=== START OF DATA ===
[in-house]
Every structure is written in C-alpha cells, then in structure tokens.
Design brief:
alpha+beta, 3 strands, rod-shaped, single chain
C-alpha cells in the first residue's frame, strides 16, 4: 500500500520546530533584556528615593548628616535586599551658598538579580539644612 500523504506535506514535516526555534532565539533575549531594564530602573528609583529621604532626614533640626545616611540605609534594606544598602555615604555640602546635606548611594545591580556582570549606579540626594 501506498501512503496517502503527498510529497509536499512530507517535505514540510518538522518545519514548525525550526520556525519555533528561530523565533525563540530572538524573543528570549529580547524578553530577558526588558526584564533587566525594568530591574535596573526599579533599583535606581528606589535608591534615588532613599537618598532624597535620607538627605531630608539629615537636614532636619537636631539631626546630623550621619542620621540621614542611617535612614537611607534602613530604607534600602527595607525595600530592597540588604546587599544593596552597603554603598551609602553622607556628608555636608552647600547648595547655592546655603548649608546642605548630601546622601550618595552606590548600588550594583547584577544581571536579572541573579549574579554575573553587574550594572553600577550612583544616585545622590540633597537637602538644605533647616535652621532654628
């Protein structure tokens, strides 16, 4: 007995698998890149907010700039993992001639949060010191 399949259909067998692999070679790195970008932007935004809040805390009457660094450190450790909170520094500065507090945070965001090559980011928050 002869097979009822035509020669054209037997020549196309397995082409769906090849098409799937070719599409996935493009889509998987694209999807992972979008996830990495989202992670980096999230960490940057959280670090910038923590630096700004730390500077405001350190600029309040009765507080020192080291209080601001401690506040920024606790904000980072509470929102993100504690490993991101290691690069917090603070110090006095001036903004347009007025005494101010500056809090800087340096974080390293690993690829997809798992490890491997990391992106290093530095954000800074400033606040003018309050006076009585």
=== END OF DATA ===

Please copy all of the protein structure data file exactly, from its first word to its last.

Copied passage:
[in-house]
Every structure is written in C-alpha cells, then in structure tokens.
Design brief:
alpha+beta, 3 strands, rod-shaped, single chain
C-alpha cells in the first residue's frame, strides 16, 4: 500500500520546530533584556528615593548628616535586599551658598538579580539644612 500523504506535506514535516526555534532565539533575549531594564530602573528609583529621604532626614533640626545616611540605609534594606544598602555615604555640602546635606548611594545591580556582570549606579540626594 501506498501512503496517502503527498510529497509536499512530507517535505514540510518538522518545519514548525525550526520556525519555533528561530523565533525563540530572538524573543528570549529580547524578553530577558526588558526584564533587566525594568530591574535596573526599579533599583535606581528606589535608591534615588532613599537618598532624597535620607538627605531630608539629615537636614532636619537636631539631626546630623550621619542620621540621614542611617535612614537611607534602613530604607534600602527595607525595600530592597540588604546587599544593596552597603554603598551609602553622607556628608555636608552647600547648595547655592546655603548649608546642605548630601546622601550618595552606590548600588550594583547584577544581571536579572541573579549574579554575573553587574550594572553600577550612583544616585545622590540633597537637602538644605533647616535652621532654628
């Protein structure tokens, strides 16, 4: 007995698998890149907010700039993992001639949060010191 399949259909067998692999070679790195970008932007935004809040805390009457660094450190450790909170520094500065507090945070965001090559980011928050 002869097979009822035509020669054209037997020549196309397995082409769906090849098409799937070719599409996935493009889509998987694209999807992972979008996830990495989202992670980096999230960490940057959280670090910038923590630096700004730390500077405001350190600029309040009765507080020192080291209080601001401690506040920024606790904000980072509470929102993100504690490993991101290691690069917090603070110090006095001036903004347009007025005494101010500056809090800087340096974080390293690993690829997809798992490890491997990391992106290093530095954000800074400033606040003018309050006076009585």